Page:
Adobe Systems announced today that its Flash Player 10.1 software for mobile devices is now being released to its platform partners. The plugin-based technology, which allows for a range of interactive elements including video, games and even advertising, is already available for Google Android phones running the latest operating system revision, code-named "Froyo," but technically known as Android version 2.2. This OS now runs on Google's Nexus One and is expected to arrive on other Android phones like the Motorola Droid, Motorola Milestone, HTC Evo, HTC Incredible, HTC Desire and the Samsung Galaxy S.
Adobe has also now shipped Flash Player 10.1 for mobile to its device partners who will then prep the software for launch on Blackberry (RIM), webOS (Palm), Windows Phone 7, LiMo, MeeGo and Symbian smartphones.
The one notable exception to this list is, of course, Apple's iPhone.
To Flash or Not to Flash?
For some Android users, the promised ability to run Flash on their mobile phones was just as big a selling point in their purchasing decision as the lack of Flash on Apple's iPhone was to others, or so they claim.
The debate about the technology and its place in the mobile ecosystem has been publicly aired, dirty-laundry style, with a long-form memo posted by Apple CEO Steve Jobs, who said the Adobe technology "falls short" in a mobile era that's all about "low power devices, touch interfaces and open web standards." Adobe CEO Shantanu Narayen then shot back via an interview with the Wall St. Journal calling Jobs' missive at times "patently false," and "a smokescreen," and then concluded that the Apple CEO and himself simply have very different world views. "Our view of the world is multi-platform," he explained.
With today's "multi-platform" shipment of Flash for mobile, it appears that view is close to being realized.
But will consumers really want Flash, once it arrives?
Flash for Mobile: Not a CPU Hog, Says Adobe
Adobe claims they will. The company says this new version of the Flash Player has been completely redesigned for mobile use, making "efficient use of CPU and battery performance," a direct shot against one of Jobs' complaints that Flash was, in layman's terms, a CPU hog that too quickly drained a phone's battery.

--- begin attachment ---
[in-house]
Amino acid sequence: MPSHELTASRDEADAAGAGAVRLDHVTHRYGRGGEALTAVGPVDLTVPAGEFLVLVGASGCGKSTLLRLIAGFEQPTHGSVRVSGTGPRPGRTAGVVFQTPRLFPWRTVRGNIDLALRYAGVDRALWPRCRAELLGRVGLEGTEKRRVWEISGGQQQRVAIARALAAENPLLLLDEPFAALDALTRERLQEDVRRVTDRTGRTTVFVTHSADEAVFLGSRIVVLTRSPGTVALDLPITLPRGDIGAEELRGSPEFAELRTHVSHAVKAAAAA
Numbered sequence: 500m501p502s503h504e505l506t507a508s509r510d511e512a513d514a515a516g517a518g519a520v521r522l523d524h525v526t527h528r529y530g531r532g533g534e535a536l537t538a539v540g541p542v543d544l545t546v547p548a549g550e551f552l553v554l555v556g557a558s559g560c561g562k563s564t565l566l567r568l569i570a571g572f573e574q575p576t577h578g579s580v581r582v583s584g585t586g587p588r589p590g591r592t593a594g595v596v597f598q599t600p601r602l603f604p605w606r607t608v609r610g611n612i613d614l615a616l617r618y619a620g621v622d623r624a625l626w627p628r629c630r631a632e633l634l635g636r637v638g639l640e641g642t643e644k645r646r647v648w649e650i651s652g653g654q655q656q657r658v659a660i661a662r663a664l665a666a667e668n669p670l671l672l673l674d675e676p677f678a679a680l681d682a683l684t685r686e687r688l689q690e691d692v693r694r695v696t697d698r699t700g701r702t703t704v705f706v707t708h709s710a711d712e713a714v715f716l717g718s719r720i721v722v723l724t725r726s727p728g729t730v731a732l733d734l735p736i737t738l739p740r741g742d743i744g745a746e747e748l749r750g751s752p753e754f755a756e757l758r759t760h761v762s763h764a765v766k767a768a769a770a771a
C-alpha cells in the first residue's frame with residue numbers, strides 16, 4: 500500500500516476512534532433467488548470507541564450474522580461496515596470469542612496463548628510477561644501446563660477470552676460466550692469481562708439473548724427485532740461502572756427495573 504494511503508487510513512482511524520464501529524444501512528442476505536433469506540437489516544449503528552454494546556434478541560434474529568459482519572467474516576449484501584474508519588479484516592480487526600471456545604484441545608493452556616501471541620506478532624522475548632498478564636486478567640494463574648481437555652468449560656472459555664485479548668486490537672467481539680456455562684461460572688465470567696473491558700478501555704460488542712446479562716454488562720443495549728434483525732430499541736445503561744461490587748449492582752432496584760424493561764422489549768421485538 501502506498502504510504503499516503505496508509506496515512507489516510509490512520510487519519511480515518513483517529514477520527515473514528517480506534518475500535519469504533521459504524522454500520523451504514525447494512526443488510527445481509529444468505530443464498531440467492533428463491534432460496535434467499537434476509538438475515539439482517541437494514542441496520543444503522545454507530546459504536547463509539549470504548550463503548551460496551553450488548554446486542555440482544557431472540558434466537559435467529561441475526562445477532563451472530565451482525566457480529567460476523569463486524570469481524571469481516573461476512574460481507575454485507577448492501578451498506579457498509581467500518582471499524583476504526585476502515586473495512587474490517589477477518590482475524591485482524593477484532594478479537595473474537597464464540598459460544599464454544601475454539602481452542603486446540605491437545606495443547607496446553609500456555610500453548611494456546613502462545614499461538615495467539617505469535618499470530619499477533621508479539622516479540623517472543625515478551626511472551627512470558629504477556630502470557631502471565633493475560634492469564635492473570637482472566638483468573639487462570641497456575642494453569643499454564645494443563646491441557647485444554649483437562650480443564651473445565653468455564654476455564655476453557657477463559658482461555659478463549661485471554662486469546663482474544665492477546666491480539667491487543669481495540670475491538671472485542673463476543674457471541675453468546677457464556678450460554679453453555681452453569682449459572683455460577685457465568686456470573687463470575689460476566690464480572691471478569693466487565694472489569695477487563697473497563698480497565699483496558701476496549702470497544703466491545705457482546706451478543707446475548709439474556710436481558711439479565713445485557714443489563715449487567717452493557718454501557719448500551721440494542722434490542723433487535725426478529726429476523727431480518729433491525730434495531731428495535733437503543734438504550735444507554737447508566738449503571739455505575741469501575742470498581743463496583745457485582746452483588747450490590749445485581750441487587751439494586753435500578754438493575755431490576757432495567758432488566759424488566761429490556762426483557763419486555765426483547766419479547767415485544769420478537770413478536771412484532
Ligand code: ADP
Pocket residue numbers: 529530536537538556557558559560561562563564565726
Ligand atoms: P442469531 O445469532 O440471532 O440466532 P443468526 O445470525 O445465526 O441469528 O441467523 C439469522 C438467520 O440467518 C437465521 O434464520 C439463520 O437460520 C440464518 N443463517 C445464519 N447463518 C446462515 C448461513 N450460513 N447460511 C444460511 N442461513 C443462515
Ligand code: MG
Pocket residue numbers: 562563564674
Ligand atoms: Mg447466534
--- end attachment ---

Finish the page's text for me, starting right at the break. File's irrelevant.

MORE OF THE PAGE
To showcase what mobile users have been missing out on, Adobe has also launched a mini-site at m.flash.com, which features dozens of sites optimized for Flash, including those from Warner, Sony Pictures, Nickelodeon, PBS Kids, TBS, Sundance, USA Today, BBC, Macy's, Prada, FAO Schwartz, MLB, NBA, NHL, Sky Sports, Formula 1, FIFA World Cup and others.
Then, in what feels almost like press release overkill, the company sent out details of the announcement to news outlets such as this one with no less than 32 attributable quotes from a range of analysts, content partners and technology and device partners. There are no small names on this lineup, which includes the likes of HTC, Google, RIM, ARM, Samsung, Dell, Intel, Qualcomm, Texas Instruments, Brightcove, HBO, Viacom, Turner, MSNBC, CNET and several others.
The message, or at least the one Adobe wants you to hear, is that many if not most of today's biggest names support Flash.
Flash to Impact Sales?
Despite not running Flash technology when it was well known that Flash support was arriving soon for Android and others, Apple's mobile device lineup has been selling well. And that's putting it mildly. According to recent data from the Nielsen Company, the iPhone retains a 28% smartphone market share in the U.S. to Android's 9%, and is still growing.
And recently, a Piper Jaffray analyst upped his estimate for iPhone 4 sales by 1 million units, pegging the Cupertino-based company to now sell 9.5 million units before the quarter's end on June 30th.
The message here, in the numbers at least, is that a phone's ability to support Flash may or may not really matter when it comes to OS choice. Picking a smartphone is a more complex decision, one based on carrier contracts, design, available applications, ease of use and thousands of other user requirements. Will "does it run Flash?" ever make it on the list that exists in the consumer's mind? And even if it does, will it matter in the end? Will Flash sell phones?
Now that Flash has arrived for Android and soon elsewhere, we'll finally be able to answer that question. And the answer will impact Adobe's mobile strategy for years to come. Today is truly a make-it-or-break-it moment for the company. They've put up. Time to see if Flash will deliver.